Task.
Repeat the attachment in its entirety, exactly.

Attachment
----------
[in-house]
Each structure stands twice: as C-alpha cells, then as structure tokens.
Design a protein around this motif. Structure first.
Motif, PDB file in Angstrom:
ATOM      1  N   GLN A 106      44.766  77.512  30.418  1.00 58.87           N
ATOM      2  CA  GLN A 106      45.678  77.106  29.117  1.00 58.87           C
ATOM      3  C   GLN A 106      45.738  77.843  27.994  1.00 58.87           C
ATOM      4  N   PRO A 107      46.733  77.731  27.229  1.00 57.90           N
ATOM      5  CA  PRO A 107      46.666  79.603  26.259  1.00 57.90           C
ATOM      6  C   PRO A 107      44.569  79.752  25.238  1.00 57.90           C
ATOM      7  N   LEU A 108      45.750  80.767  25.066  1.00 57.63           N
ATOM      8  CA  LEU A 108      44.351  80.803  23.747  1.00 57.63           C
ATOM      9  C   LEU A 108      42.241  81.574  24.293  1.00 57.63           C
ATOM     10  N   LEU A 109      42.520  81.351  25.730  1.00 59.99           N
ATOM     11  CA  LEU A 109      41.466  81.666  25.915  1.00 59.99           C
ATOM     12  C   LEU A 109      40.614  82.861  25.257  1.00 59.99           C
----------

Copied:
[in-house]
Each structure stands twice: as C-alpha cells, then as structure tokens.
Design a protein around this motif. Structure first.
Motif, PDB file in Angstrom:
ATOM      1  N   GLN A 106      44.766  77.512  30.418  1.00 58.87           N
ATOM      2  CA  GLN A 106      45.678  77.106  29.117  1.00 58.87           C
ATOM      3  C   GLN A 106      45.738  77.843  27.994  1.00 58.87           C
ATOM      4  N   PRO A 107      46.733  77.731  27.229  1.00 57.90           N
ATOM      5  CA  PRO A 107      46.666  79.603  26.259  1.00 57.90           C
ATOM      6  C   PRO A 107      44.569  79.752  25.238  1.00 57.90           C
ATOM      7  N   LEU A 108      45.750  80.767  25.066  1.00 57.63           N
ATOM      8  CA  LEU A 108      44.351  80.803  23.747  1.00 57.63           C
ATOM      9  C   LEU A 108      42.241  81.574  24.293  1.00 57.63           C
ATOM     10  N   LEU A 109      42.520  81.351  25.730  1.00 59.99           N
ATOM     11  CA  LEU A 109      41.466  81.666  25.915  1.00 59.99           C
ATOM     12  C   LEU A 109      40.614  82.861  25.257  1.00 59.99           C